April 12, 2019

ICYMI: Will “opportunity zones” help or hurt low-income neighborhoods? The jury is out

The Rockwood Rising site, owned by the city of Gresham, was the site of a Fred Meyer that closed in 2003. The city plans a major redevelopment it hopes will spur more development in the neighborhood. | Photo credit Elliot Njus at the Oregonian

The Opportunity Zone program — a federal strategy that provides preferential tax treatment to investors, allowing them to sell a good that has increased in value, such as stock or real estate, but delay paying taxes on capital gains if they immediately reinvest in a building or business that is located in a recognized site — has selected the Rockwood neighborhood as a new opportunity zone in Oregon.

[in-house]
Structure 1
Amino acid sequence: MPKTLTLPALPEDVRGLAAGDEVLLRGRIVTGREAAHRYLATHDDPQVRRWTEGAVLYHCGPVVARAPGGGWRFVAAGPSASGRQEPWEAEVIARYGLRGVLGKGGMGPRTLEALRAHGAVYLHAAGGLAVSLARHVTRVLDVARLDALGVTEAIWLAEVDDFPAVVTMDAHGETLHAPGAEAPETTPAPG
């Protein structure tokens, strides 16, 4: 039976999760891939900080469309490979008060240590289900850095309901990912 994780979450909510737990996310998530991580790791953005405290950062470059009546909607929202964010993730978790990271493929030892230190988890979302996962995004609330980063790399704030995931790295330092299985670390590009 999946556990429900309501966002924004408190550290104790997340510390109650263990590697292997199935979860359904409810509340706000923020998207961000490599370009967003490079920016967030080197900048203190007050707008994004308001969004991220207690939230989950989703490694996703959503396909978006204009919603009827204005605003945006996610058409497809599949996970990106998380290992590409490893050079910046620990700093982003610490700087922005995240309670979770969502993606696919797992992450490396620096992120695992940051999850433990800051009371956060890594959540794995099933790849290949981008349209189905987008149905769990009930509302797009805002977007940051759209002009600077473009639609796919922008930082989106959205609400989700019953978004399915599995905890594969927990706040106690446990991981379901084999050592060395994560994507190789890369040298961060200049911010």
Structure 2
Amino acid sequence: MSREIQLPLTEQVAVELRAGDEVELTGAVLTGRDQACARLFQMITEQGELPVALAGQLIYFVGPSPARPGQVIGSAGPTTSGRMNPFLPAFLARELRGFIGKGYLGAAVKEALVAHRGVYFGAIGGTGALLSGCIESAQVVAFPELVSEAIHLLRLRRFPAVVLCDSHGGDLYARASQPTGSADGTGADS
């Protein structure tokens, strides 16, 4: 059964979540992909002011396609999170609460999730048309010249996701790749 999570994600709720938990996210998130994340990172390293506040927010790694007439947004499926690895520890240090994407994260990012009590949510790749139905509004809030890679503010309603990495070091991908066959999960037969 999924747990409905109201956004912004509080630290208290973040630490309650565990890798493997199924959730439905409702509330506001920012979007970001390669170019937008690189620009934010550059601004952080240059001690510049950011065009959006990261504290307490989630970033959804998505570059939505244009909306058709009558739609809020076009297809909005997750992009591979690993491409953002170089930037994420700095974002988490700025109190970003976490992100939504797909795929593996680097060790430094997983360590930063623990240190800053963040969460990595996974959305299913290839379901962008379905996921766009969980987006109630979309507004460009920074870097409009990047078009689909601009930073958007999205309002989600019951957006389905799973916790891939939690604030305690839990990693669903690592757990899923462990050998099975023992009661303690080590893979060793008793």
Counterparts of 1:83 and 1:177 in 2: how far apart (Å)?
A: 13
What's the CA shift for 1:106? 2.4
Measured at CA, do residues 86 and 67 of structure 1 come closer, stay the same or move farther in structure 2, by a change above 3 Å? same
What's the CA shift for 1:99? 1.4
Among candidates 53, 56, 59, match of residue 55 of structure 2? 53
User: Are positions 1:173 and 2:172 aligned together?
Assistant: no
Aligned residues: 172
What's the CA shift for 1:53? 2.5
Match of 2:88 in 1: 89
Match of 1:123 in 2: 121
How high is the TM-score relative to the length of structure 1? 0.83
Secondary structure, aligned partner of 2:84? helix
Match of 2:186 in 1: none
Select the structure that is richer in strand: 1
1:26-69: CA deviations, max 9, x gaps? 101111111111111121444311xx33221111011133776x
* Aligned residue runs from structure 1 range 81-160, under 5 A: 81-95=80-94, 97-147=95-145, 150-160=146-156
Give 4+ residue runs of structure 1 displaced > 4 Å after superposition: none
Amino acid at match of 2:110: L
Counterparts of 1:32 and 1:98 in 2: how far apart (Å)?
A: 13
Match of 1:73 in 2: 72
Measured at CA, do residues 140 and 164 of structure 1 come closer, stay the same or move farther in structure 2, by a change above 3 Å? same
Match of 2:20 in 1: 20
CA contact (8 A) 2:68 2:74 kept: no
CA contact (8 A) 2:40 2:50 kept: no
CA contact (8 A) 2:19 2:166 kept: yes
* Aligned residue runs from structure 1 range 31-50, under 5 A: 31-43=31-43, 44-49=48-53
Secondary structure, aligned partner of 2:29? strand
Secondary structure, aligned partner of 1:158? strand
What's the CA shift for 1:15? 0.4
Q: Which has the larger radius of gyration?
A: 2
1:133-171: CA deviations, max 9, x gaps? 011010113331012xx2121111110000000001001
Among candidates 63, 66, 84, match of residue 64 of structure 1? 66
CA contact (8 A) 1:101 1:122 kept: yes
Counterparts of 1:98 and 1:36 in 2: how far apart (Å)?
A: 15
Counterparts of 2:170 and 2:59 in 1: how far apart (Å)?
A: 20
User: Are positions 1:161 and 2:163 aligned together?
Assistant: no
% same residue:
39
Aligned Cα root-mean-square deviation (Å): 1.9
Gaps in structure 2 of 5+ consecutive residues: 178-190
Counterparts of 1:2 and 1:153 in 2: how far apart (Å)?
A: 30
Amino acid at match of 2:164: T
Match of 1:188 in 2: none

Rockwood, between the borders of Portland and Gresham, has historically been a disinvested neighborhood in the Portland area. Zoning the region as an opportunity zone will make it a tempting investment opportunity for private investors and real estate developers.

The Oregonian reports on the selection of Rockwood as an opportunity zone:

Rockwood, just inside Gresham’s borders, stretches from roughly 162nd to 202nd avenues, along East Burnside Street and the MAX Blue Line. A high percentage of residents live below the poverty line, and many are members of racial or ethnic minorities. It’s long suffered under a reputation for high crime, though its crime rate is similar to other neighborhoods considering its population.

“There are a lot of complex reasons why a neighborhood like Rockwood gets overlooked, but the systems have really failed our neighbors, and getting unstuck has been a really complicated problem,” said Brad Ketch, founder of the nonprofit Rockwood Community Development Corp.

Read the full story here.